On 17 February the Progressive Youth Alliance (PYA) organised its city convention of Multan at the Multan Tea House hall. More than 200 students from various colleges and universities of Multan participated in this meeting. Representatives from various educational institutes of other cities also came to witness this important meeting. Just one day before the meeting a suicide bomb exploded during a protest in front of Punjab Assembly in Lahore, killing more than a dozen people. Therefore, the mood in Punjab was tense. But the PYA students were determined to carry out their planned activities and did not hesitate for a moment. A separate banner was placed in the hall to commemorate the centenary anniversary of the Russian revolution. The PYA will organise various activities during this year to celebrate this anniversary of one of the most important events in human history.
The opening speech of the convention was made by Fazeel Asghar, who is a student at Bahauddin Zakariya University (BZU) in Multan. He outlined the aims and objectives of the PYA and the tasks of revolutionary students today. After comrade Asghar, other speakers addressed the meeting to speak about the current state of student politics in Pakistan and how to move forward. The speakers were Asif Lashari from D.G.Khan; Shakira, a female student from BZU Multan; Atta-ullah from the Federal Urdu University Karachi; Arbaz from Kashmir; Waqas and Rawal Asad from Emerson College Multan; Ameer-ullah from the FATA council of BZU Multan; Kareem Jamali from Dadu; Shay Razai from UET Lahore; Hidayat-ullah from South Waziristan; Ishfaq Gujjar from Islamic University Bahawalpur; Umar Riaz from the Islamic International University of Islamabad; and Zareef Rind, the organiser of the Baloch Students Organisation (Pajjar) and general secretary of PYA. Anjum Saeed, a leader of the Railway workers union, also spoke at the occasion and expressed his solidarity with PYA.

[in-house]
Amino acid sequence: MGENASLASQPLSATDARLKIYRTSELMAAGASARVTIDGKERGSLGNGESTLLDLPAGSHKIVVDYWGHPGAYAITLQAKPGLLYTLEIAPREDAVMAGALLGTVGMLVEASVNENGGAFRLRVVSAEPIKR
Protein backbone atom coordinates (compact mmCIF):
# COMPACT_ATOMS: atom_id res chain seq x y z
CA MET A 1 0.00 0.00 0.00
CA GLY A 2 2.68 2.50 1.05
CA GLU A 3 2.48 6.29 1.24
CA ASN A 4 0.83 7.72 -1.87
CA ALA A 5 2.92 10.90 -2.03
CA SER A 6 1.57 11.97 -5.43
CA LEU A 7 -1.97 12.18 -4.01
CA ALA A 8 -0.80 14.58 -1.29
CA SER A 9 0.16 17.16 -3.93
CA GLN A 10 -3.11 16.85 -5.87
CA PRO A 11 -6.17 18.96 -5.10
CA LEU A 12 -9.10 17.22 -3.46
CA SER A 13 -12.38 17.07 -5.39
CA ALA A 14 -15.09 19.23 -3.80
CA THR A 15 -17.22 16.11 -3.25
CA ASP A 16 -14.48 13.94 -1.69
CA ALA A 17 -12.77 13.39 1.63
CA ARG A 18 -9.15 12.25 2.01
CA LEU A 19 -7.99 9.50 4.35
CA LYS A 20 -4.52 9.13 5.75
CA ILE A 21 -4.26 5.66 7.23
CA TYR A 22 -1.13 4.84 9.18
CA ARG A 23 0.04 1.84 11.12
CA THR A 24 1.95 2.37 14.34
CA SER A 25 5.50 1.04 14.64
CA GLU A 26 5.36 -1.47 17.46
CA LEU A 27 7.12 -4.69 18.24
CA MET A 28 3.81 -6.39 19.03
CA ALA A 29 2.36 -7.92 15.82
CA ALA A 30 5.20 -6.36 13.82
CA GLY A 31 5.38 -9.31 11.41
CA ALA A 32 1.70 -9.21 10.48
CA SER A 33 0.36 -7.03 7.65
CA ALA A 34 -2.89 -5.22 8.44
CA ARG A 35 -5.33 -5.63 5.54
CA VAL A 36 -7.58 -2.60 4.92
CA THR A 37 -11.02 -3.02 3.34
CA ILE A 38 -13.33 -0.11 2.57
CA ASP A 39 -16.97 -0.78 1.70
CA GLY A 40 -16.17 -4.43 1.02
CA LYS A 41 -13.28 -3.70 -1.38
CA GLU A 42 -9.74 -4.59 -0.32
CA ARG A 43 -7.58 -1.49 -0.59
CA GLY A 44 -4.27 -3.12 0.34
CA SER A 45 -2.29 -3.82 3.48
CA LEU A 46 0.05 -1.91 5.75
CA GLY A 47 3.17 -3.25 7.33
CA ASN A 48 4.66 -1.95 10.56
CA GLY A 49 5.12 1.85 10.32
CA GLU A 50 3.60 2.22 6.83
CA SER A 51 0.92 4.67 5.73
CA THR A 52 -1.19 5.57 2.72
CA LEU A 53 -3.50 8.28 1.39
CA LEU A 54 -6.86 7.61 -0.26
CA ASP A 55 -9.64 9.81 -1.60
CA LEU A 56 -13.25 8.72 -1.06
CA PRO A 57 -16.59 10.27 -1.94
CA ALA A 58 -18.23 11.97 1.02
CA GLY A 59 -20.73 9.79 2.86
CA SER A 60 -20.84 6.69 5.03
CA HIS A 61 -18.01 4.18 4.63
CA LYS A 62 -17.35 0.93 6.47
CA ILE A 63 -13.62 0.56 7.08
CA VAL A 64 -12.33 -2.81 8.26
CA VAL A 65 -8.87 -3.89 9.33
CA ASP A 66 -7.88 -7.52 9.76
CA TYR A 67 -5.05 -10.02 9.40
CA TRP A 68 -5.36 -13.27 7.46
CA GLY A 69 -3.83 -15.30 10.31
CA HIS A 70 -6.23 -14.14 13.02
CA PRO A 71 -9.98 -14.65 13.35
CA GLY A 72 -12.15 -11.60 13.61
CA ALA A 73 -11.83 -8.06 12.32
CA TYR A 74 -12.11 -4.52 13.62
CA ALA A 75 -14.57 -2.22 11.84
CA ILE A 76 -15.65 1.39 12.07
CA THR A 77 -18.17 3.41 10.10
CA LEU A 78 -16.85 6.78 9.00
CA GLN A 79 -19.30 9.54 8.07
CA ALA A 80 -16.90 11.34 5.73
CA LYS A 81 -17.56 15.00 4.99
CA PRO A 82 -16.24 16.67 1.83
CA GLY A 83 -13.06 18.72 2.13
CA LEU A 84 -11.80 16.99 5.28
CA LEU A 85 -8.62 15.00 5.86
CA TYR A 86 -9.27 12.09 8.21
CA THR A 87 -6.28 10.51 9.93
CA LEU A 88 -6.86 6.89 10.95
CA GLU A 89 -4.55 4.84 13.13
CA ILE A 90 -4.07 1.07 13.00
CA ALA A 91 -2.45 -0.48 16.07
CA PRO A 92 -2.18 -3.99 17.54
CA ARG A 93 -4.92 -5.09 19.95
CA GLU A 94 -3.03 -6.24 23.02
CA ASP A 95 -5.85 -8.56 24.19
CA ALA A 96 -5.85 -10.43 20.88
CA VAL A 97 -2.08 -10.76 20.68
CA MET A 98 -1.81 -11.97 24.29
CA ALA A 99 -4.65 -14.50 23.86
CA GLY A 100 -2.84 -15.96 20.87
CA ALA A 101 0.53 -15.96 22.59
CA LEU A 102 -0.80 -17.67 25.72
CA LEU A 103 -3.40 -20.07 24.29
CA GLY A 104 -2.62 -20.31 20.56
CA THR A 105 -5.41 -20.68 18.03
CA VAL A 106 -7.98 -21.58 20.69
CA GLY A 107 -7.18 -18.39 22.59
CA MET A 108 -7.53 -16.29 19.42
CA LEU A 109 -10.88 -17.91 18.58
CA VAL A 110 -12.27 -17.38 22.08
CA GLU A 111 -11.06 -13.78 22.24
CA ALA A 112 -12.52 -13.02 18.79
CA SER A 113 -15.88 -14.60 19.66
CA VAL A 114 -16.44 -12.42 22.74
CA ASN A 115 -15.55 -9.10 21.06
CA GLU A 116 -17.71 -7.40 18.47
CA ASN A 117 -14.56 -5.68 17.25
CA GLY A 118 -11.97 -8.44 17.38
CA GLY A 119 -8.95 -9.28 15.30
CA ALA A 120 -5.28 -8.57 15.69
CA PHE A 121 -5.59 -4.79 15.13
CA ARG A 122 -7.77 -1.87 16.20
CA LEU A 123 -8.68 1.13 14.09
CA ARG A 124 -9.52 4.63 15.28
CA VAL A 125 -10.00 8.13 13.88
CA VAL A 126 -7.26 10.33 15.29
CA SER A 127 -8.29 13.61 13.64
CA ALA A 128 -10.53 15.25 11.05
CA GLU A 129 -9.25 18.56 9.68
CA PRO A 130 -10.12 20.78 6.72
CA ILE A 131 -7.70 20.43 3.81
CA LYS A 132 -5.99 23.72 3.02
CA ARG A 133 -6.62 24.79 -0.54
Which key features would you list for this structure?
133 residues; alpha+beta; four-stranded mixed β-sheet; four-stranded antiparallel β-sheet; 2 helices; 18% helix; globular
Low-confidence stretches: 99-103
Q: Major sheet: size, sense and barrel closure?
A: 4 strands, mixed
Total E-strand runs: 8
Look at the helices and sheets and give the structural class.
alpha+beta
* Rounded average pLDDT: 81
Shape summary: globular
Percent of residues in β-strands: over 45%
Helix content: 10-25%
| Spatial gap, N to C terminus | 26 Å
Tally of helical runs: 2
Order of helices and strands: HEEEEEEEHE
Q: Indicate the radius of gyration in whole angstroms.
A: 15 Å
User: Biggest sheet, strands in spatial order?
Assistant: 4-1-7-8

The speakers explained the problems faced by students in colleges and universities and how a ban on student unions is hurting them. They said that “security” has been used as an excuse to turn the educational institutes into prisons. Fee hikes are yearly and are not regulated in any way. This means that millions of youth from working class families are being denied the right to receive an education. A large part of the population has no access to basic education and those who are lucky enough to achieve primary education are for the most part denied the right of higher education – even if they perform better than students from wealthy families. For students of higher education, the problems keep mounting up. There is no proper accommodation or transport for students, and even the quality of education is deteriorating every day. Students are forced to live in private hostels where huge sums are extorted from them. Co-curricular and extracurricular activities, which used to be a basic thing at campuses, were abolished a long time ago, their place taken by a flow of drugs which is easily available. Unemployment and lack of educational opportunities also means that many young people join criminal gangs. The ruling class is content with a situation where students take up crime and drugs instead of politics.
History of the student movement
This depressing situation is the result of state policies for past four decades. During the brutal dictatorship of Zia ul-Haq, student unions were banned while religious fundamentalist organisations were encouraged to get a foothold on campuses. The fundamentalist organisations were backed by the US and the Pakistani state to fight against Soviet influence in Afghanistan. The authorities provided all kinds of support for these groups such as arms and organisational backing. The financial backbone of these organisations was the heroin trade. That was how heroin was first introduced on the campuses by the religious organisations. The US and Pakistani ruling classes also used the university campuses as recruiting grounds for their “dollar Jihad”.
After the collapse of the Soviet Union left-wing student organisations collapsed and left the vacuum to be filled by right-wing organisations. Student leaders of these organisations were involved in all kind of criminal activities from land grabbing to extortion. Hence, the name of student politics was blackened to a large extent. The ruling class used this as a pretext to keep the ban on student politics intact, saying that student unions lead to crime and nothing else.